AbstractSystematists and paleobiologists interested in the evolution of diversity routinely tally numbers of species or genera, and plot these numbers through time in order to analyse patterns of origination, extinction and turnover, or compare species numbers across contemporaneous clades. Allied to this, it is now common practise to quantify variation in morphological form or morphological disparity. Empirically, morphological disparity is variously decoupled from diversity, with a tendency for low diversity but relatively high disparity early in the evolution of major clades. The Phanerozoic history of life is characterised as one in which species diversity has irregularly increased (modelled by various functions and interrupted by numerous setbacks) but in which disparity has taken a much more damped path.
A widely-acknowledged trend through the history Life is for an increase in maximum complexity. Complexity usually described as a function of number, heterogeneity and hierarchy of dynamic interactions among parts of biological systems. Complexity has been much less studied than species diversity and disparity, not least because of the difficulties inherent in defining and quantifying it. Here, I devise some possible indices of complexity in the context of a single system at a single level, namely the differentiation of the vertebral column of tetrapods. By analogy with frameworks for indexing disparity, there is no universal system, and estimates of complexity are only relative to those frameworks. I apply both geometric and count-based indices of serial differentiation to two samples of mammal taxa, asking whether there are any consistent trends in these indices throughout phylogeny, and whether there are particular signatures associated with different modes of locomotion and different habitats. Surprisingly, there is a consistent trend for the number of vertebrae to increase (more elements and therefore more degrees of freedom), but for count-based indices of element diversity to decrease. Reductions in the number of vertebrae are also associated with increases in the geometric shape differentiation between those elements. There were remarkably few significant locomotory or habitat signatures, with flapping fliers (bats) and to some extent hopping and bipedal mammals having more geometrically diverse element shapes, and marine mammals having longer, less differentiated columns.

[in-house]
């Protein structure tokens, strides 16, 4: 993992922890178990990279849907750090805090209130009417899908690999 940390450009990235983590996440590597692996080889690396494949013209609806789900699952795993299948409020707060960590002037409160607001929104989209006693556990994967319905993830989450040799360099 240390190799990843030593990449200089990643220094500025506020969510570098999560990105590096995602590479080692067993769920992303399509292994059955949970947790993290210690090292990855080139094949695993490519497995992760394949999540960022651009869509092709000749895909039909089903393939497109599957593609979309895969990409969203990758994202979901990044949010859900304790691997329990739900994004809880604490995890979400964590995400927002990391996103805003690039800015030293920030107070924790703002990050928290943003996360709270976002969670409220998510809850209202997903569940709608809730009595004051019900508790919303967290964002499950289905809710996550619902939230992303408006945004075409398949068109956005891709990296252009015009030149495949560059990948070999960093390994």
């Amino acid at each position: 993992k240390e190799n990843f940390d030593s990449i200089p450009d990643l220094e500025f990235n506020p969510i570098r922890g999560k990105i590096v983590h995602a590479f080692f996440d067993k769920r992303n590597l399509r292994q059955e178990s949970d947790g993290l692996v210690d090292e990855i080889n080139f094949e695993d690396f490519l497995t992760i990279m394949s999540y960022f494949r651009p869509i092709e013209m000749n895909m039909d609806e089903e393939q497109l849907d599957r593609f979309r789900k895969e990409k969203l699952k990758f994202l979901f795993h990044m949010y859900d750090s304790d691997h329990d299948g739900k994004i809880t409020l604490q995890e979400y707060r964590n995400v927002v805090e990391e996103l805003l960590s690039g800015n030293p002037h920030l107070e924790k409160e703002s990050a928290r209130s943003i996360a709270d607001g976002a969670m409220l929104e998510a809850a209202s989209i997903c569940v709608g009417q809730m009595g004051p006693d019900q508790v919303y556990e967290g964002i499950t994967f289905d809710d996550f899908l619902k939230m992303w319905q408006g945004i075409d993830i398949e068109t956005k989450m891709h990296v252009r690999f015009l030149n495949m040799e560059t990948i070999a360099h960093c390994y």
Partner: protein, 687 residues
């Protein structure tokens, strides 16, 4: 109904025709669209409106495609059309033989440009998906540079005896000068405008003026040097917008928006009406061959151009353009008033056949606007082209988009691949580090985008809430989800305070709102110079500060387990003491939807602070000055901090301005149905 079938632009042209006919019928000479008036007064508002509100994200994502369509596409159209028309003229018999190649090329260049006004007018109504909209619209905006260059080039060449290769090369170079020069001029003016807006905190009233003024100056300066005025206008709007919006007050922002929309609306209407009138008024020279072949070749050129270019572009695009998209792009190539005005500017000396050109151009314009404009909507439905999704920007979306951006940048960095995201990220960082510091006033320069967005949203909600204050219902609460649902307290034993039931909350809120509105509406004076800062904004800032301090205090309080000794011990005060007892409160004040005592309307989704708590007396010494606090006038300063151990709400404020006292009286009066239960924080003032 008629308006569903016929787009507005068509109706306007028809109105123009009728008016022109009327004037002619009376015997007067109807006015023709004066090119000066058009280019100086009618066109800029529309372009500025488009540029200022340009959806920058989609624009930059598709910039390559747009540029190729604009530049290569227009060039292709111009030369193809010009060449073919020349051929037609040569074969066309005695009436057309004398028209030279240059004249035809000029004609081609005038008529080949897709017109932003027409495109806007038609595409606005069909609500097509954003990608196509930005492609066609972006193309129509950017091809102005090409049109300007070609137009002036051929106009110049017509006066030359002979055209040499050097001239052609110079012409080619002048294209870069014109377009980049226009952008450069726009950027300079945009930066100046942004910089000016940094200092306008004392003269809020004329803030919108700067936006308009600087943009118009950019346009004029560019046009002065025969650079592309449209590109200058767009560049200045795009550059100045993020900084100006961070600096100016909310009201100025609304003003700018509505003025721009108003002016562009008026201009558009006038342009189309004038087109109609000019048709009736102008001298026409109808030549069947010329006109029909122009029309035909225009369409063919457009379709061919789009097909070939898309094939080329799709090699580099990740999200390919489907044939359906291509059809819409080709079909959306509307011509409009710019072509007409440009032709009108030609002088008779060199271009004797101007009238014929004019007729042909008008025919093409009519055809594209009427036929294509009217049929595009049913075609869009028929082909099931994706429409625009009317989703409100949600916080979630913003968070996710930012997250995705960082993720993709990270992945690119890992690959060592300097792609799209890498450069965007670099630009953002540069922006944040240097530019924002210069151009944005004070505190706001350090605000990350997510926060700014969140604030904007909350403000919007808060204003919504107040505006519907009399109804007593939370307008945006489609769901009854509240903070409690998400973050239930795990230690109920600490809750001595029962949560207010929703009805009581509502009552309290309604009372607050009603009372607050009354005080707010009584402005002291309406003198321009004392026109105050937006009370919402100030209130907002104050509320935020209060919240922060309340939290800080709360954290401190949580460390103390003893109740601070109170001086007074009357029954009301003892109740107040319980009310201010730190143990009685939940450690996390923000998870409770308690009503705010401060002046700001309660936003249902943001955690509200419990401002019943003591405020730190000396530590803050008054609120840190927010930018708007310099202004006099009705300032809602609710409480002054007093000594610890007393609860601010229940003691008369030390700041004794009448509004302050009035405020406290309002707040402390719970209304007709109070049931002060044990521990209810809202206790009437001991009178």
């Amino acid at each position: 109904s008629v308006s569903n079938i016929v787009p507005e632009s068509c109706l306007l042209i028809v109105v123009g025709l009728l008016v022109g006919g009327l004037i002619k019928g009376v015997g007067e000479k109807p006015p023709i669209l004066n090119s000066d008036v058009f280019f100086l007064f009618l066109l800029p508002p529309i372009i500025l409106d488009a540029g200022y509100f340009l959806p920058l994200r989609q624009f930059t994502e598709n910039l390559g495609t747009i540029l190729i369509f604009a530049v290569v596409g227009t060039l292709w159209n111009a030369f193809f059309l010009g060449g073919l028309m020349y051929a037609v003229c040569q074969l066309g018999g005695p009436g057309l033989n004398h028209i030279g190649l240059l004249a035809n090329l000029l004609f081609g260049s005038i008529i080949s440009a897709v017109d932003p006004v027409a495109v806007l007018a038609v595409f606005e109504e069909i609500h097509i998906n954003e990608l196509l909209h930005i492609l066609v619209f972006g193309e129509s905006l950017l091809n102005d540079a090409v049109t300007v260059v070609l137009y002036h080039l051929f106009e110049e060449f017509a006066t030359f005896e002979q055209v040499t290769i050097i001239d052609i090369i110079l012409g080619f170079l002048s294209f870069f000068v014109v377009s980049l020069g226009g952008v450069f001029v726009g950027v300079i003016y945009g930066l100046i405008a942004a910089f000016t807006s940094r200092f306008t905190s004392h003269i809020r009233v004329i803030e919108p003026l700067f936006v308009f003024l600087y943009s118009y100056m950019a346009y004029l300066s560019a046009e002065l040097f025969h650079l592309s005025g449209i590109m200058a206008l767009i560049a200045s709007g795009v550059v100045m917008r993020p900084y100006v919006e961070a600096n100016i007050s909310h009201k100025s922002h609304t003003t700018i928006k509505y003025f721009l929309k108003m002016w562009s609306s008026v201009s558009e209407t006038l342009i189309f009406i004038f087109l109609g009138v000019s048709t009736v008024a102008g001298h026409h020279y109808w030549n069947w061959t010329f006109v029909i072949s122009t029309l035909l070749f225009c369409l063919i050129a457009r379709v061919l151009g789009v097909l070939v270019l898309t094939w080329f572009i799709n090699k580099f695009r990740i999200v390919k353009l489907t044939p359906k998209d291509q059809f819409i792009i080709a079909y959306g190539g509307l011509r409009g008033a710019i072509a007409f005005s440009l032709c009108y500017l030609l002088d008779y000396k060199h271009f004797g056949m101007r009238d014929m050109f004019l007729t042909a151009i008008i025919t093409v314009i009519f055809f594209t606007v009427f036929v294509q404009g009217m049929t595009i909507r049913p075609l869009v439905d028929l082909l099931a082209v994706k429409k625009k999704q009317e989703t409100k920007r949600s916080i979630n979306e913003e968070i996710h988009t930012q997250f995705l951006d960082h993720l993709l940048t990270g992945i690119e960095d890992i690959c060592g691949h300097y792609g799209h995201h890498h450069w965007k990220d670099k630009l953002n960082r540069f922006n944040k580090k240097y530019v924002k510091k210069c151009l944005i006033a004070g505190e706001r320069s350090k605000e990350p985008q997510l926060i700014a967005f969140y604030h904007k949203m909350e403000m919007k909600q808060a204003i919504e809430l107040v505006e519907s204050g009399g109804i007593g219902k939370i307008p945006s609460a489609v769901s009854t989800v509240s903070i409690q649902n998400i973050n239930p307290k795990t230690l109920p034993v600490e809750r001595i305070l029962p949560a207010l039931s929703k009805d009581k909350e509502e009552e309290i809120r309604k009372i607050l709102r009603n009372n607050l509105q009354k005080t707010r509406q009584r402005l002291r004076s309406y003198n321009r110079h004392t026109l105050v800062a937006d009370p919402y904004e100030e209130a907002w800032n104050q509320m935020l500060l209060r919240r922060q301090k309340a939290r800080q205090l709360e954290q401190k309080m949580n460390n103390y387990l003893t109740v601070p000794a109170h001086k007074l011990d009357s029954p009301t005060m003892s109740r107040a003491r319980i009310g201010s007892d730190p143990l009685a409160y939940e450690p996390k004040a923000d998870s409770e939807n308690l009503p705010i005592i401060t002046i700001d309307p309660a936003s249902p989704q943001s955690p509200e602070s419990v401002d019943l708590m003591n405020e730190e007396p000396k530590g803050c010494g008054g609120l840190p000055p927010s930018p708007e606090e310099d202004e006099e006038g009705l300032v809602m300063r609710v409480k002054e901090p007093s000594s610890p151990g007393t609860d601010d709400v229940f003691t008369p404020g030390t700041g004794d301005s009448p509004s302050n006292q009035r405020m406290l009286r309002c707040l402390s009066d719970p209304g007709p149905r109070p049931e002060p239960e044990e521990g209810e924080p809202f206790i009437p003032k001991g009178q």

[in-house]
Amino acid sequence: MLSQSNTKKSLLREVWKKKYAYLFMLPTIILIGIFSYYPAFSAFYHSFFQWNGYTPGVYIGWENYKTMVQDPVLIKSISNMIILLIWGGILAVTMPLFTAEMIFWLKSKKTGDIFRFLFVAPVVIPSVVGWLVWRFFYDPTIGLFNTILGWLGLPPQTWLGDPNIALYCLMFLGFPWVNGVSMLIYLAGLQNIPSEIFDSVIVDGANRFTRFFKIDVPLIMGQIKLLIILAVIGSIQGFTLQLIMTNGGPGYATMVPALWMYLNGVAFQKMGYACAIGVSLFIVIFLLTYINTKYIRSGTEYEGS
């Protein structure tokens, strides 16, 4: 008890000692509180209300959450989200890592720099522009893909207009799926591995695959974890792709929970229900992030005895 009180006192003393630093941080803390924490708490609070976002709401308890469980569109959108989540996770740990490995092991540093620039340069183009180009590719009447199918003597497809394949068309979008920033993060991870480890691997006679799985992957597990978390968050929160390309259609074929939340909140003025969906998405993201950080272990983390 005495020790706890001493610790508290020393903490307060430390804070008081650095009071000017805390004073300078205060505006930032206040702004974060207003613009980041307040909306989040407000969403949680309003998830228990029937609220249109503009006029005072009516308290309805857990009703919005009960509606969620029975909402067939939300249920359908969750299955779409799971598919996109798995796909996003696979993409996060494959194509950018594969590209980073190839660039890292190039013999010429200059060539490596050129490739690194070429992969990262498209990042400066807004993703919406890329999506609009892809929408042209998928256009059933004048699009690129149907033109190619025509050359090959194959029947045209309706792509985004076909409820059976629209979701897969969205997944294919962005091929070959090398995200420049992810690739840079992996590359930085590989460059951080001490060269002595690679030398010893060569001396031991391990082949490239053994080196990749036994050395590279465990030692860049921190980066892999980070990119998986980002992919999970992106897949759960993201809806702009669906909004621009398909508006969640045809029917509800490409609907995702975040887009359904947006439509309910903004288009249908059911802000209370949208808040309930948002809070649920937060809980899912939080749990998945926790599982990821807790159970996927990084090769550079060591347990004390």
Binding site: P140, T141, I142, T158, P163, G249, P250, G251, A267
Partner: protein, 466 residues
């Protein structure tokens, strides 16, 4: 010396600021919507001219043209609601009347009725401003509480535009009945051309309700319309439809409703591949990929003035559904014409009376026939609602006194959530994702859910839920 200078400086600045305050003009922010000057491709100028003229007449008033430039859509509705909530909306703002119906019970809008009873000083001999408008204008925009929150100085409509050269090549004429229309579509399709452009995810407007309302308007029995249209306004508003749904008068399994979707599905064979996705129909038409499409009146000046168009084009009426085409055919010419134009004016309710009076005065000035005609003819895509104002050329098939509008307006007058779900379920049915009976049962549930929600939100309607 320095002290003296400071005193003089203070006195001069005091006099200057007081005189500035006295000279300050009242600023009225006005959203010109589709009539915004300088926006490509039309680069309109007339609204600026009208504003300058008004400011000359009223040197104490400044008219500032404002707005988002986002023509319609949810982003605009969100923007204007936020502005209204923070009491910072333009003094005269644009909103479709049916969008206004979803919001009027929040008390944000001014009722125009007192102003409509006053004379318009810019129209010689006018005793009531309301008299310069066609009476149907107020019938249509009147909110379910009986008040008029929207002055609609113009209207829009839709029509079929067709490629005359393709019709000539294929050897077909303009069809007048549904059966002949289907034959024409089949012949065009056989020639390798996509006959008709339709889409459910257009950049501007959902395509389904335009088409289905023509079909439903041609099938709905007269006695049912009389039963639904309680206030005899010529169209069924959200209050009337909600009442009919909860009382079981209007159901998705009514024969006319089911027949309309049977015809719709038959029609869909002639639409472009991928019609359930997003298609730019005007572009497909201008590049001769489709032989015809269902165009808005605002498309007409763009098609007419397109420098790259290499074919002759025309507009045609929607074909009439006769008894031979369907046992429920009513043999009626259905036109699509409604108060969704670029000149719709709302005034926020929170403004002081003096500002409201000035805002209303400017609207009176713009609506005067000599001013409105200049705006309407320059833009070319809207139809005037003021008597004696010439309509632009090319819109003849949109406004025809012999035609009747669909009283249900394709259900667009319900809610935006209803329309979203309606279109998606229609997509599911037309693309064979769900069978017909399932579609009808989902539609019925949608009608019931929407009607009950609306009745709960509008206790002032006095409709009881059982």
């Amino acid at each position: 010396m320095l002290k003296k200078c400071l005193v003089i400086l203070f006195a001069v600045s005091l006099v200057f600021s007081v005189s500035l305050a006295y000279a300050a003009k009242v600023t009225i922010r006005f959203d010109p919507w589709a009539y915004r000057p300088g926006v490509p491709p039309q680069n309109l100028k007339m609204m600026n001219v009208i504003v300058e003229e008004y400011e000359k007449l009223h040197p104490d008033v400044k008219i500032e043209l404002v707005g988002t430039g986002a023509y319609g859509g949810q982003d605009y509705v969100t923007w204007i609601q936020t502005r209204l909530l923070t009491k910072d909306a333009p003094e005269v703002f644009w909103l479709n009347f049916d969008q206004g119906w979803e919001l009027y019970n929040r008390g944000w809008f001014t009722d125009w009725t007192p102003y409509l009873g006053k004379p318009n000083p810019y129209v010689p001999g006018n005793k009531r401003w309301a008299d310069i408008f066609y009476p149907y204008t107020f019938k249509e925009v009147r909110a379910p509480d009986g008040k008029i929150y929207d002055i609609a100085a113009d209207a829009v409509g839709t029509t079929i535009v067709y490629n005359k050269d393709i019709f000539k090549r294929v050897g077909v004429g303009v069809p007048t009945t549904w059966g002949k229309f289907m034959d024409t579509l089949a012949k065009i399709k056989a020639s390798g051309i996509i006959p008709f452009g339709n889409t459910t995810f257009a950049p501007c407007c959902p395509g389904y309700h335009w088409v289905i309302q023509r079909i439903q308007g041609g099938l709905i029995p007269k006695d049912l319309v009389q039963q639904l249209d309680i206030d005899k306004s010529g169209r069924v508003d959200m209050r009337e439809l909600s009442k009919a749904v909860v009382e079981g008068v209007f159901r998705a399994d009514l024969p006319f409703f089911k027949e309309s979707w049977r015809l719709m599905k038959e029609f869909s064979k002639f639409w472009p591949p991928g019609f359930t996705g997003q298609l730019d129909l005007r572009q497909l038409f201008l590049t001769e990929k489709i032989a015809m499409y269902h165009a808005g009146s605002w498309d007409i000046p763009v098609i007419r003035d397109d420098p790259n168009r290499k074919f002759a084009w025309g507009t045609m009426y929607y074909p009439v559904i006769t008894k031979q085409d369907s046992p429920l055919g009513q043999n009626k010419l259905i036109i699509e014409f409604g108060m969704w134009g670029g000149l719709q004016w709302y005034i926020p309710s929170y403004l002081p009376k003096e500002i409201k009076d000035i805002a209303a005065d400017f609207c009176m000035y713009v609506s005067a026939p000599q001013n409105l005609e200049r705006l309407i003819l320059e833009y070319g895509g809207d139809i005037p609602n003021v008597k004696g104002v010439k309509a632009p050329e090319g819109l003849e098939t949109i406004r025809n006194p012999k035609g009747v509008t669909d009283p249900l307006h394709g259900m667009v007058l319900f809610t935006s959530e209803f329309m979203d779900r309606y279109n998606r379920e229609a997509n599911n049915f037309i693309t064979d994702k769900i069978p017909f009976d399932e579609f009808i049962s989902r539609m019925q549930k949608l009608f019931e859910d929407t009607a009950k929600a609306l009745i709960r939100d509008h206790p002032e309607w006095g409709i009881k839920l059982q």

As a necessary pre-requisite for this work, I addressed a perennial concern for evolutionary biologists seeking to make inferences from morphological character sets, namely the generality of the signals within subsamples of data. This issue is usually resolved by compiling the largest, holistically-sampled data sets possible on the principle of total evidence. In morphological phylogenetics using fossil taxa, characters may be restricted to particular regions of the body, or to those with higher preservation potential. This can systematically distort inferred trees. We apply established and new tests for partition homogeneity to the phylogeny of dinosaurs, finding that trees inferred from characters of the skull and dentition are significantly at odds with those from the rest of the skeleton in about half of cases (which is more often than in most other vertebrate groups). The issue is pertinent to our use of the vertebral column as a proxy for anatomical complexity, since we do not have data from other anatomical systems (and few good candidates) that might offer tests of generality. In the absence of this, we demonsrate that phylogeny inferred from the mammalian vertebral column is not significantly different from that inferred from characters of the rest of the body. Moreover, the same is true for subclade disparity inferred from these two partitions.
The generality of these patterns observed in mammals remains to be tested in other clades. Birds and squamate furnish excellent candidate groups.
|Date of Award||14 Feb 2022|
|Supervisor||Matthew Wills (Supervisor) & Daniel Field (Supervisor)|